Top News

Fenwick and Western Regional Waste Management at odds about business involvement in Sort-It program

As it stands now, commercial waste is exempt from the Sort-It program being used by the Western Regional Waste Management group.
As it stands now, commercial waste is exempt from the Sort-It program being used by the Western Regional Waste Management group. - Frank Gale

Mayor Peter Fenwick of Cape St. George said the start of the Sort-It program on the west coast has resulted in the loss of the town’s largest commercial customer for waste collection Atlantic Minerals.

He said this arrangement had been in effect for more than 20 years and was only cancelled when the town informed them they would have to sort their waste before it could be taken to the transfer station.

Fenwick said in a letter to Western Regional Waste Management that instead of working with the town to get the contract sorted the company took advantage of the loophole created by Western Regional Waste Management by exempting commercial waste from the Sort-It program.

Related stories:

Sort-It program starts off with fairly good compliance: Josh Carey

New waste management program launched in western Newfoundland will benefit generations to come

He said now Atlantic Minerals will be putting their waste into a commercial bin for transportation to the transfer station without being sorted.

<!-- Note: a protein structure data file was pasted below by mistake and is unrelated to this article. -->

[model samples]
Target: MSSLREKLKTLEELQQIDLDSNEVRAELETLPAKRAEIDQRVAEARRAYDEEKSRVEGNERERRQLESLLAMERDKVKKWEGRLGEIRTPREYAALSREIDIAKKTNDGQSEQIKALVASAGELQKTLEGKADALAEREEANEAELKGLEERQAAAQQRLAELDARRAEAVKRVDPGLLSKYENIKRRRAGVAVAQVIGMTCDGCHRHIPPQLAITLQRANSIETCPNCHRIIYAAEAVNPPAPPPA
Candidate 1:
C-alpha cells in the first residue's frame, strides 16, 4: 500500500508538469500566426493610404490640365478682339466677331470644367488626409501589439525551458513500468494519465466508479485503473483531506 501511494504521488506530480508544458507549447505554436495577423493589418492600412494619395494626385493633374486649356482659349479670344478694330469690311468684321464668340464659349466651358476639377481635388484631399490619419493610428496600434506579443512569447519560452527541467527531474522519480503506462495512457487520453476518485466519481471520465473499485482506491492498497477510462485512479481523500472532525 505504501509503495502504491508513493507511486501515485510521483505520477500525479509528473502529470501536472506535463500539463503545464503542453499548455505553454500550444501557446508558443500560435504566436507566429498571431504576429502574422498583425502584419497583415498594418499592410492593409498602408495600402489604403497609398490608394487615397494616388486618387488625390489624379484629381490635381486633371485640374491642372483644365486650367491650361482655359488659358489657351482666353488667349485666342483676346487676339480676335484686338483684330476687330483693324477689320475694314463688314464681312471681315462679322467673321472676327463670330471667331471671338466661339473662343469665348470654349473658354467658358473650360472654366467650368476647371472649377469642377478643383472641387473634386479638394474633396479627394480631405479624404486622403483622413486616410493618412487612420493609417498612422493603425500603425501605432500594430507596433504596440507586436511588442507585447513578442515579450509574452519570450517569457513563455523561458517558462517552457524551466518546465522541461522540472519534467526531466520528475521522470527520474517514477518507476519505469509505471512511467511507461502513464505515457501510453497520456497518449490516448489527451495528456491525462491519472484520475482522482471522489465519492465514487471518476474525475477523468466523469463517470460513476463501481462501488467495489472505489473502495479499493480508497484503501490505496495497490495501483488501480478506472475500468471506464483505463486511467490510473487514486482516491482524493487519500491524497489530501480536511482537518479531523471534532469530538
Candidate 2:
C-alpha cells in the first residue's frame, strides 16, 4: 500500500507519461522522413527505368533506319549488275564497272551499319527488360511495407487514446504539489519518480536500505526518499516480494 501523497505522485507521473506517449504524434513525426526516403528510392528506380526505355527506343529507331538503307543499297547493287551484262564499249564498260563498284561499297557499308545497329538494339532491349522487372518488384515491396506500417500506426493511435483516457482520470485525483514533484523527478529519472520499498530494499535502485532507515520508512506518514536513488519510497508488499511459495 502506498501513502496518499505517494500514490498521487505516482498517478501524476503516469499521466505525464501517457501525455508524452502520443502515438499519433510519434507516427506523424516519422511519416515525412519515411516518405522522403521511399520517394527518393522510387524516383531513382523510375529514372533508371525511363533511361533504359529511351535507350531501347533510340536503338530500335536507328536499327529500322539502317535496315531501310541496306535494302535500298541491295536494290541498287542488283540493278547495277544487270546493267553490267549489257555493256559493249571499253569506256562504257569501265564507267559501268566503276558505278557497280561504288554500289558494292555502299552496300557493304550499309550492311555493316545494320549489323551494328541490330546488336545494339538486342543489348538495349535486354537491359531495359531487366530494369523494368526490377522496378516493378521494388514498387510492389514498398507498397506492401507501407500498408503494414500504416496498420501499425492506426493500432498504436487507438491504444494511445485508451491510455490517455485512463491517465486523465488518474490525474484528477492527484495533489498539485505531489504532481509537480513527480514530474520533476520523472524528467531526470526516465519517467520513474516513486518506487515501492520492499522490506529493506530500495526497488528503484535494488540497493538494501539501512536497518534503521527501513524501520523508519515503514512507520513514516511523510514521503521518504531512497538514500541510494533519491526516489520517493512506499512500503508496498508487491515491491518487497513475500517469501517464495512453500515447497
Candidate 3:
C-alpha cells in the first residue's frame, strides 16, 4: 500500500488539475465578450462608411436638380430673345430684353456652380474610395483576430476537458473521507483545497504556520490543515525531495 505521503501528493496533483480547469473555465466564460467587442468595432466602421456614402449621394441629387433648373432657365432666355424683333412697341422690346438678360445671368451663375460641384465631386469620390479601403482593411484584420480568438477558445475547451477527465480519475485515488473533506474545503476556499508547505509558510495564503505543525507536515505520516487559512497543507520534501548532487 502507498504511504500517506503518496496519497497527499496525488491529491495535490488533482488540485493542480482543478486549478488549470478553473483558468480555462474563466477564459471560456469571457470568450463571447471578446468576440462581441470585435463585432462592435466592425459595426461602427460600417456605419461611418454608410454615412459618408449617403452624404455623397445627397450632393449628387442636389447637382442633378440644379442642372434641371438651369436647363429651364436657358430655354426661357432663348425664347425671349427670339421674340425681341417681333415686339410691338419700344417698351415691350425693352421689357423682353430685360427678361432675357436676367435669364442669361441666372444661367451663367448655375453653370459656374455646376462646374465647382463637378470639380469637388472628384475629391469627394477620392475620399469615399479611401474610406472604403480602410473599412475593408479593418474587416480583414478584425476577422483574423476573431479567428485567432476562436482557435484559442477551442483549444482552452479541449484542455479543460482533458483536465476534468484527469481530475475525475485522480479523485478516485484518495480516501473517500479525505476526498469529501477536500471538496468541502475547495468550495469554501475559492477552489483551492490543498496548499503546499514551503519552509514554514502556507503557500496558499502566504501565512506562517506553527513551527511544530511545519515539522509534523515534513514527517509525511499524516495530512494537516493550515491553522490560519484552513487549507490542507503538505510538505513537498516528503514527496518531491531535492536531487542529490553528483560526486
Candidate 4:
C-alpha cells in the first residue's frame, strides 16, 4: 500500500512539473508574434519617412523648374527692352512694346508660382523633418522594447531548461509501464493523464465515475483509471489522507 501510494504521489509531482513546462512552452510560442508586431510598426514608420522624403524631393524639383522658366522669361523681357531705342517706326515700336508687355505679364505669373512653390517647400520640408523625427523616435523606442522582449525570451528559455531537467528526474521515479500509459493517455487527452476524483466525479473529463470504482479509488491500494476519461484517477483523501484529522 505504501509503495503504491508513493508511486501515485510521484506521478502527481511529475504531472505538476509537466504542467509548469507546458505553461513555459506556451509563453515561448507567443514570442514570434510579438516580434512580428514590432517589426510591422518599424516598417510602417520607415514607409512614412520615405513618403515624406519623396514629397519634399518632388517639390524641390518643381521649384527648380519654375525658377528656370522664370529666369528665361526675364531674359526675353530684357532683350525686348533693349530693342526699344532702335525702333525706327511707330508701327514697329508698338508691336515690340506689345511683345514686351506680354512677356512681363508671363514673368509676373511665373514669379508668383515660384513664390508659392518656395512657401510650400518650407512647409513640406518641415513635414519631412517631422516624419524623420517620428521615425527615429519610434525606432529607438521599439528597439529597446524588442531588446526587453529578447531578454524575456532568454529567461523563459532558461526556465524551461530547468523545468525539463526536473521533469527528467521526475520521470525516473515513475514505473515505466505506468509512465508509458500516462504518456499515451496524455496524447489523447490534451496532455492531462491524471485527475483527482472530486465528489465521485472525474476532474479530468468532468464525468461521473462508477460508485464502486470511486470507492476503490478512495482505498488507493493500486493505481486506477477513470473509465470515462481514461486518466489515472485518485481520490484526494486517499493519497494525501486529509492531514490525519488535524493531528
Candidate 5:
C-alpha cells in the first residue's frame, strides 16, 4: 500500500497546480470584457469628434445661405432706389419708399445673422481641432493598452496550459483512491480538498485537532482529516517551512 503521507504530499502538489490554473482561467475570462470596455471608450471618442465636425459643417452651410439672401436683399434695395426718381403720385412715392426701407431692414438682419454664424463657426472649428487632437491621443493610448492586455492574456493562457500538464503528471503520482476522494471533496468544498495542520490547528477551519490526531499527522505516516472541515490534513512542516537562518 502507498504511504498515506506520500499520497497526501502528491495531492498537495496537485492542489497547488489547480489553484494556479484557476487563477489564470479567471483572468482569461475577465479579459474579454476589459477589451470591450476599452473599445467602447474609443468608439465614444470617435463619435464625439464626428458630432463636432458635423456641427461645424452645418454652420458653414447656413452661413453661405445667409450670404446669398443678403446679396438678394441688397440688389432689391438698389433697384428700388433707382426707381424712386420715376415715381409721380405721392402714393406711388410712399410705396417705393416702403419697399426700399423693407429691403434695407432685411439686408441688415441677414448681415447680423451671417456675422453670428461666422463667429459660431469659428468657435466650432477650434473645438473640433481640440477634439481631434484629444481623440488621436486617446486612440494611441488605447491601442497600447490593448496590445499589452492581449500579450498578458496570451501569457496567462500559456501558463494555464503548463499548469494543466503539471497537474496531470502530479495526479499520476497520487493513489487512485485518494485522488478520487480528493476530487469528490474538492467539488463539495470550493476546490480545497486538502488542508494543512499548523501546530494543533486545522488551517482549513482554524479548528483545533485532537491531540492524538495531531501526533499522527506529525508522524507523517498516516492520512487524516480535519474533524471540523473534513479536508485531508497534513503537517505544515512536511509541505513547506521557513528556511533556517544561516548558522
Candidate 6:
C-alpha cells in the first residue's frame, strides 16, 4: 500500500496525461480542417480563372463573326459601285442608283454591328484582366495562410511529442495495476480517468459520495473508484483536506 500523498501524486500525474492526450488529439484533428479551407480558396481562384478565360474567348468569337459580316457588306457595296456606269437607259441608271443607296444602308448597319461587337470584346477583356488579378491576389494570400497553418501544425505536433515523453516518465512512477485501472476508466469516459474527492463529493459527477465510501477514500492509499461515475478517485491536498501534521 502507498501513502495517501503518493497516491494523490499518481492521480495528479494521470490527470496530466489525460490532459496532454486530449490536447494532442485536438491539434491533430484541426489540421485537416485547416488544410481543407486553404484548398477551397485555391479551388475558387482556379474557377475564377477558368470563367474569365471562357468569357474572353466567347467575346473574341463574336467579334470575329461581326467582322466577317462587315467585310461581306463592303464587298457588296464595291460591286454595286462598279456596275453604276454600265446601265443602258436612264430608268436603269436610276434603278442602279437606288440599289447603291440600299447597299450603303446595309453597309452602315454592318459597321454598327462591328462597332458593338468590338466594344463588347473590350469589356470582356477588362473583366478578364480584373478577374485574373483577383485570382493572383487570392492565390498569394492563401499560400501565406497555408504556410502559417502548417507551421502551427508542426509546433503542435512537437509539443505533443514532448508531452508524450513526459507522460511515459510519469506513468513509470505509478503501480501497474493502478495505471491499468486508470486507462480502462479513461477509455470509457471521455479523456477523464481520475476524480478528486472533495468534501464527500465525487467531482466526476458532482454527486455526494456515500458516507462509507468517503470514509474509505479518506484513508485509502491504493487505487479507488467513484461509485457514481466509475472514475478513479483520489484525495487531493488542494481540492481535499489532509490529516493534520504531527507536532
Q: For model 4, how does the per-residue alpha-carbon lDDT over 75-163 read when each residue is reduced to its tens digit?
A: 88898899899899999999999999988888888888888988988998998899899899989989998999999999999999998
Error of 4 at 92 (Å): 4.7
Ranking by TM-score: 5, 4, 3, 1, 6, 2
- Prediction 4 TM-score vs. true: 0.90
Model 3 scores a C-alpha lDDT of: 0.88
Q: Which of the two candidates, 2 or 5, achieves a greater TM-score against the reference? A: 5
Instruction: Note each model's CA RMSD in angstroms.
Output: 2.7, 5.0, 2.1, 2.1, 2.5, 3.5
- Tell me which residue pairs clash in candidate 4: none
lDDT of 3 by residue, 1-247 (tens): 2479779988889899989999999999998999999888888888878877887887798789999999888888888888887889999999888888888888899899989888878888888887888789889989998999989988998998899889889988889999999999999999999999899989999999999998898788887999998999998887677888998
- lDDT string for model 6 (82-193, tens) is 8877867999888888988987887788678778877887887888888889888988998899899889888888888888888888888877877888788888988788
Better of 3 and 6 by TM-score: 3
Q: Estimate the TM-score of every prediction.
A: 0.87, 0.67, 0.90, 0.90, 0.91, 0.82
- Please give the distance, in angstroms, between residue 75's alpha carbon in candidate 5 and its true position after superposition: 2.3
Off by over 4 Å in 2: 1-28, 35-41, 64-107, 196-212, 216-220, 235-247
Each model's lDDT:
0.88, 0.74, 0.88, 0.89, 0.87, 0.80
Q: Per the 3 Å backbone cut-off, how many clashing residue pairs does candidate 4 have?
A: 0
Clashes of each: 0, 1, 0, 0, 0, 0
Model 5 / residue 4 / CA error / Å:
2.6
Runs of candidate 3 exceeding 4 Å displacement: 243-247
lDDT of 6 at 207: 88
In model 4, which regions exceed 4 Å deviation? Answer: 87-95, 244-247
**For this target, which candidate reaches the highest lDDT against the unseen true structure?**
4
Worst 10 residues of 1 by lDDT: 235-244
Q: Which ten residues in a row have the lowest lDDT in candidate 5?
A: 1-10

However, in an email reply to Fenwick, Jason King, chief administrative officer for Western Regional Waste Management, said this two-stream diversion program is being implemented in two stages with the residential rolled out in the St. George’s and Corner Brook sub-regions on July 16.

The Industrial, Commercial and Institutional stage, while no specific date is set, will see these entities brought on the Sort-It Western program in the near future.

King said due to the unique challenges businesses have in handling their waste streams, Western Regional Waste Management will hold consultations with various businesses within this sector to determine the best way to incorporate them into the Sort It Western program.

“This sector is in no way exempt from the program,” he said.

King said it was decided to first ensure a successful residential launch and concurrently do its due diligence with the Industrial, Commercial and Institutional sector before involving them into the program.

Fenwick said the loss of Atlantic Minerals will mean a loss of revenue for the town but with the new tipping fee increase they were barely breaking even and would have had to increase their fees next year to cover the higher costs.

He wants to know is why, when the town has to train 900 residents to sort their garbage that Atlantic Minerals with 150 employees, along with Wal-Mart, Dominion and other commercial enterprises, does not.

Regarding the tipping fee, King said all chargeable waste going to our transfer stations (from residents and commercial) will be charged the same tipping fee of $164/tonne and this includes businesses whether their waste is sorted or not.

He said it’s important to note that the Western Regional Waste Management does not get involved in any agreements between municipalities and commercial entities in their community.

Recent Stories